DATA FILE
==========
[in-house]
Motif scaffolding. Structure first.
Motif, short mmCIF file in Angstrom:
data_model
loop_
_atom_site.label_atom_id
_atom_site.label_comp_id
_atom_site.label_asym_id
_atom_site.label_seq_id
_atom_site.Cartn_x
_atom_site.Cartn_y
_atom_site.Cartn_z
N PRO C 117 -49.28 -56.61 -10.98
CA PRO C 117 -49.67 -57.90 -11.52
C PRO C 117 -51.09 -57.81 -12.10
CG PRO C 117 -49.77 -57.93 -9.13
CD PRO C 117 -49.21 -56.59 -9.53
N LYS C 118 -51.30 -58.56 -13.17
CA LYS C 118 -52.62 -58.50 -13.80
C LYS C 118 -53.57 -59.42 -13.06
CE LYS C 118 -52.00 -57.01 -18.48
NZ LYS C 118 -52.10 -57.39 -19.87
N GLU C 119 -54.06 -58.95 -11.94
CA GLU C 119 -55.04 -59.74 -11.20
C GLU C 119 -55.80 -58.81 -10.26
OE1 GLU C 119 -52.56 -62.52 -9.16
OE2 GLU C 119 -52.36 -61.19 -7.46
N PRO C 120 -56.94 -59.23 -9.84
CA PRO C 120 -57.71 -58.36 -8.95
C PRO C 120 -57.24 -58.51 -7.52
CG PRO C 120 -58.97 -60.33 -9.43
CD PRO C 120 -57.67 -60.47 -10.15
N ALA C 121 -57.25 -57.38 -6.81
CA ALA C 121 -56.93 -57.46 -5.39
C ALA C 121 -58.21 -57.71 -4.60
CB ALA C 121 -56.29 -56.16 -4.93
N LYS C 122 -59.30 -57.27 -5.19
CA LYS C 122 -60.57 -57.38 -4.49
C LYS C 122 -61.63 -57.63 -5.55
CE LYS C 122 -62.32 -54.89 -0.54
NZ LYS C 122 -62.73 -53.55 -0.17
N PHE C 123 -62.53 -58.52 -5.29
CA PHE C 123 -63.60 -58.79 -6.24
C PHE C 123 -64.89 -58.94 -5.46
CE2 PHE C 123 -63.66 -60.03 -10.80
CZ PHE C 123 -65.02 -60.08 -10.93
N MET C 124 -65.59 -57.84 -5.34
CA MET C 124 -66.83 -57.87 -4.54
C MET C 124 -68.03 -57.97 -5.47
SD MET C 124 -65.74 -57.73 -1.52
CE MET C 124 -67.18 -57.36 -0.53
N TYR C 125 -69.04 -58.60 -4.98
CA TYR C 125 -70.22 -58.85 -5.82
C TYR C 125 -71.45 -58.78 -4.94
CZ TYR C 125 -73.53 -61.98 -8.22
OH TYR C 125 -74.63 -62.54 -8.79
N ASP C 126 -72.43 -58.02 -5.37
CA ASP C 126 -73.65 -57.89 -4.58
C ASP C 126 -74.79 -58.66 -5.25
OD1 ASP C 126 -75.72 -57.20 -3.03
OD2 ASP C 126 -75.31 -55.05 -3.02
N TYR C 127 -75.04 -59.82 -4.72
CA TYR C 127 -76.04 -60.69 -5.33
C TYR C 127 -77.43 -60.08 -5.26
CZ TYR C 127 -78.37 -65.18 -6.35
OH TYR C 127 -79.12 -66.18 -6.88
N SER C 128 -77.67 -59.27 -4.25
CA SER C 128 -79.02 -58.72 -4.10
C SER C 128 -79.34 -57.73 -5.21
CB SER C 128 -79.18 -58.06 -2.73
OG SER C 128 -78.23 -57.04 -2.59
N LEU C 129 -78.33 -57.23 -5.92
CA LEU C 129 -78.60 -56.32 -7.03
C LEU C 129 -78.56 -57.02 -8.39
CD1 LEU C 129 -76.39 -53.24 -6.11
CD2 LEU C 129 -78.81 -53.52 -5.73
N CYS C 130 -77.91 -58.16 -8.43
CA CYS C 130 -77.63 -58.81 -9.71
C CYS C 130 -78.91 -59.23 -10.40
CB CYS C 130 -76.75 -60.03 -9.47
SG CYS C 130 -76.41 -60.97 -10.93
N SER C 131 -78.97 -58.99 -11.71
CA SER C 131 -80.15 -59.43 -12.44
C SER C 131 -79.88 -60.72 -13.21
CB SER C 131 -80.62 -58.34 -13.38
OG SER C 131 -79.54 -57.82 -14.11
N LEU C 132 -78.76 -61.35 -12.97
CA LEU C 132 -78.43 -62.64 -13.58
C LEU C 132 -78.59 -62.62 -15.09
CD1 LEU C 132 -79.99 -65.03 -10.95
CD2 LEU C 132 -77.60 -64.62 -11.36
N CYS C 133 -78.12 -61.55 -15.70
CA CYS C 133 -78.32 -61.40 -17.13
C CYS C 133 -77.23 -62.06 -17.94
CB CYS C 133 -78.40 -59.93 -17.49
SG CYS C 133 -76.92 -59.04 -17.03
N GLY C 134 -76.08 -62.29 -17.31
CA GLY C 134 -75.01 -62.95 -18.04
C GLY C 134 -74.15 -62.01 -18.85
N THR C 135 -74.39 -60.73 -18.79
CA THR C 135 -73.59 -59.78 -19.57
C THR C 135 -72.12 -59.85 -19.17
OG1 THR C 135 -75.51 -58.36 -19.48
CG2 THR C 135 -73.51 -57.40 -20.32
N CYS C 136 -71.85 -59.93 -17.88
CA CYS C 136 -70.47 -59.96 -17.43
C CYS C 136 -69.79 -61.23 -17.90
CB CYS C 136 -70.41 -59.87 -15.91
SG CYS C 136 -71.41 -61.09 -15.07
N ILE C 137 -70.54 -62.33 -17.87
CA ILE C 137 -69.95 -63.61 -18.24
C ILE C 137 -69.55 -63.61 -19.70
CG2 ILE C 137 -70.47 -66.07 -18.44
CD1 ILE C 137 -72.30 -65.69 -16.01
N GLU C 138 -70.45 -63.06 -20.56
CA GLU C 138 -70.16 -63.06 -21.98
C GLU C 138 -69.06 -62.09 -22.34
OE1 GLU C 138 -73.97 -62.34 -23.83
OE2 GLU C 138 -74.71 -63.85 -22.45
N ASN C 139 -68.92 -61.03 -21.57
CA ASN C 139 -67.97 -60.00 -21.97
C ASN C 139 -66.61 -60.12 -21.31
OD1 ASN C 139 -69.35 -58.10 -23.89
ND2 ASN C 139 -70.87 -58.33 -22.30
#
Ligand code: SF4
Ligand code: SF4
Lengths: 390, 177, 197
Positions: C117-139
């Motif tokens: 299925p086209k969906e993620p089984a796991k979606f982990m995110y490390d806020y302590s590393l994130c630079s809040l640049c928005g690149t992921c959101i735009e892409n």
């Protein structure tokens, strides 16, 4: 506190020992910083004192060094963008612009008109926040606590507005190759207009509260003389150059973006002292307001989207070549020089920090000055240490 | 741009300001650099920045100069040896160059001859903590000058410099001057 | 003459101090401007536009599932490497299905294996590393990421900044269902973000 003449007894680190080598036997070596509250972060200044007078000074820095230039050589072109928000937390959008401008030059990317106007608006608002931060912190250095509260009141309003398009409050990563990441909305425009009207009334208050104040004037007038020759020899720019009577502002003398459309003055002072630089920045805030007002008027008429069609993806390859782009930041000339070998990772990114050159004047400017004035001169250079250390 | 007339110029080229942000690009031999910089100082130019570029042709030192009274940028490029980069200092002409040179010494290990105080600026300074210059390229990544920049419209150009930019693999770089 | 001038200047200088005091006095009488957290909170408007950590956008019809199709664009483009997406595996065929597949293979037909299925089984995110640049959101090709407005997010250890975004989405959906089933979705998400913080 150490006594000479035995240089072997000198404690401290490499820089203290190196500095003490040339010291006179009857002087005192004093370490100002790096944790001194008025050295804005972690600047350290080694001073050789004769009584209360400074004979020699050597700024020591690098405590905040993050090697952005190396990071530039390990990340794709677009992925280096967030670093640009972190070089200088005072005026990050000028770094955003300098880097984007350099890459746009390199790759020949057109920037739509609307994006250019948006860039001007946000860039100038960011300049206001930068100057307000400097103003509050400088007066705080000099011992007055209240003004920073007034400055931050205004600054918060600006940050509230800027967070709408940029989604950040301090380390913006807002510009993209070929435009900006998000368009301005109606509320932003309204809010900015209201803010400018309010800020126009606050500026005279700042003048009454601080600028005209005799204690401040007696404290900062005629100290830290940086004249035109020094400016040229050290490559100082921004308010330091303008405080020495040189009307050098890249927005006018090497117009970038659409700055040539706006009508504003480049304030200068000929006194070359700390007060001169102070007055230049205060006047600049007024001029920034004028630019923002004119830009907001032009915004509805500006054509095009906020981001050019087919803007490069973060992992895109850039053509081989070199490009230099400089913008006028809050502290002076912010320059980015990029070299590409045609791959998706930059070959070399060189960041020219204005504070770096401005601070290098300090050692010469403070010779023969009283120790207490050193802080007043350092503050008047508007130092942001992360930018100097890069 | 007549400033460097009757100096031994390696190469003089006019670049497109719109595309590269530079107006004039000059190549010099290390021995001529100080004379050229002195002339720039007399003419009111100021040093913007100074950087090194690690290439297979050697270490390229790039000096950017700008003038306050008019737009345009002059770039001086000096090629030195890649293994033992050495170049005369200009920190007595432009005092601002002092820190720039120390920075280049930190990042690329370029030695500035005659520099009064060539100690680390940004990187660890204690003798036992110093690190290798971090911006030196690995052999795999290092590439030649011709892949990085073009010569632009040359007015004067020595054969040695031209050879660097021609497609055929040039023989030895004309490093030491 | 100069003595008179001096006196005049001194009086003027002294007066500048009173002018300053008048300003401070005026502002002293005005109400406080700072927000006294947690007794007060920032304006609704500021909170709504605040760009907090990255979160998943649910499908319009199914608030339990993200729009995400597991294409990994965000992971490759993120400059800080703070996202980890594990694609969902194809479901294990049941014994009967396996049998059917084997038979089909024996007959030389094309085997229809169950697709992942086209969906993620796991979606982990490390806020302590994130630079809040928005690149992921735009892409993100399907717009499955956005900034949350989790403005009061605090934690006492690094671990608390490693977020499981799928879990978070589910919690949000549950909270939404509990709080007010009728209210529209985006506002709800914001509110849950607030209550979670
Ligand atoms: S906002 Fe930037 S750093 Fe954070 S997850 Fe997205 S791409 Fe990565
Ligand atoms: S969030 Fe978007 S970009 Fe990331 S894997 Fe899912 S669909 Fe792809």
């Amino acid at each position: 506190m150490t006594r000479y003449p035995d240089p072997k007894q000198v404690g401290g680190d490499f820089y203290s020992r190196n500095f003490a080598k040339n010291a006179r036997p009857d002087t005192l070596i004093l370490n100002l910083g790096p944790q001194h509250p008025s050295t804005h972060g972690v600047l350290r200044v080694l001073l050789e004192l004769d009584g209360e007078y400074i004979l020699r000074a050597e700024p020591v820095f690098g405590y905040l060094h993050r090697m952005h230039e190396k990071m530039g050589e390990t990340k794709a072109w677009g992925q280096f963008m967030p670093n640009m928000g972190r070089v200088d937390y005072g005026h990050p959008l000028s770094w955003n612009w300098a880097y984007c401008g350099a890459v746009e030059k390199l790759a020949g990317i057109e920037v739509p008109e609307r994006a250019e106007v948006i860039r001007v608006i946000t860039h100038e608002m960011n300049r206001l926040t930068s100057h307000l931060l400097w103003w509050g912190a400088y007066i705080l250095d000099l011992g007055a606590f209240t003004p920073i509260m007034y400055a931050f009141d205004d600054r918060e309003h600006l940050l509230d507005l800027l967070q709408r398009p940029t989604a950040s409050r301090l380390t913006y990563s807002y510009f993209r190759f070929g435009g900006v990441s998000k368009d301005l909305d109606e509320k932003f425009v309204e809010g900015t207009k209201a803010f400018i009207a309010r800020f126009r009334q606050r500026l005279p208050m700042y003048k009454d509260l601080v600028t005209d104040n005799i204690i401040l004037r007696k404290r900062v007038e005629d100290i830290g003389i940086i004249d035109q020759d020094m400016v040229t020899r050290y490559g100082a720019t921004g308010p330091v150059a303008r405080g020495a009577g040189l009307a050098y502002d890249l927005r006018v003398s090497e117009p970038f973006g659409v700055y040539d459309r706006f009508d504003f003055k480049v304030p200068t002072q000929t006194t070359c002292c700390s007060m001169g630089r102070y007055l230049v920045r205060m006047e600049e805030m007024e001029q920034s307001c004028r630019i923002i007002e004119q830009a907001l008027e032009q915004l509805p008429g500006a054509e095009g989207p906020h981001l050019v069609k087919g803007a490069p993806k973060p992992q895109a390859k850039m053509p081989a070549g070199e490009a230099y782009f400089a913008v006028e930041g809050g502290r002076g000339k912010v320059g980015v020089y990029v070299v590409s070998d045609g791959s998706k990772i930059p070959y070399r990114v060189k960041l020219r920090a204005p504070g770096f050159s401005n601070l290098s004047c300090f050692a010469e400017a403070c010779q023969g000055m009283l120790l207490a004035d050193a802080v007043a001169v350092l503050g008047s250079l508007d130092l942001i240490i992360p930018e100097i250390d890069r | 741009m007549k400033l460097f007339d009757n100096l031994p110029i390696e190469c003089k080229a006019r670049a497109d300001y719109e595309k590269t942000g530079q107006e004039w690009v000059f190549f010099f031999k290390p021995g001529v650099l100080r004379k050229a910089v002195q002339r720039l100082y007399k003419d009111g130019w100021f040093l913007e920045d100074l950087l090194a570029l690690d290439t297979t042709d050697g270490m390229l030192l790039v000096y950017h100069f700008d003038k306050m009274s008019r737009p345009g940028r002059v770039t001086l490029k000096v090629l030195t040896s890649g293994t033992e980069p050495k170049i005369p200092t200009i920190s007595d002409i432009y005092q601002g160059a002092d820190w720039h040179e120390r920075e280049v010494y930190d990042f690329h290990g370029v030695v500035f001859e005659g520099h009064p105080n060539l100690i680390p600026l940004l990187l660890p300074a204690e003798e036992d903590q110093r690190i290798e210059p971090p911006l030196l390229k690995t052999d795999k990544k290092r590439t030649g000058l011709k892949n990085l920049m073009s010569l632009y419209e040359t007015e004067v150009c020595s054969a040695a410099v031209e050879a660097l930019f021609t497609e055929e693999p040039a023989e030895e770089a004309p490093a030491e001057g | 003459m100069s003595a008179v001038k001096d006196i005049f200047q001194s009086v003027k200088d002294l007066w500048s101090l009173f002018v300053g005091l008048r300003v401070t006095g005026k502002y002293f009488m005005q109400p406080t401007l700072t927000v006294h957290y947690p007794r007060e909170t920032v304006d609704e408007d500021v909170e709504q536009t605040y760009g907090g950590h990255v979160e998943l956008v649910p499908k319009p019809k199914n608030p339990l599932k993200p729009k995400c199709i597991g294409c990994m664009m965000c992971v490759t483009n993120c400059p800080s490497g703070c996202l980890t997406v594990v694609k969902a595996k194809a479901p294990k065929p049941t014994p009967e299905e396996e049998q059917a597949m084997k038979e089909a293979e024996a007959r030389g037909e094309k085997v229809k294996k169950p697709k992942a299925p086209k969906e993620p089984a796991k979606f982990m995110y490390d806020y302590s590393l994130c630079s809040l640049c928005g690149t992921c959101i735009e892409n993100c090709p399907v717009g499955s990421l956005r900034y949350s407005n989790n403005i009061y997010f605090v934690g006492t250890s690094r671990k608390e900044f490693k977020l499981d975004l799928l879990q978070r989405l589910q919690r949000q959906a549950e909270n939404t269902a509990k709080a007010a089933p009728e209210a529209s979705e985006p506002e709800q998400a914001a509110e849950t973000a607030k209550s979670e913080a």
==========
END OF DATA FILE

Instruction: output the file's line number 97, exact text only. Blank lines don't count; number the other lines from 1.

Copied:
N GLY C 134 -76.08 -62.29 -17.31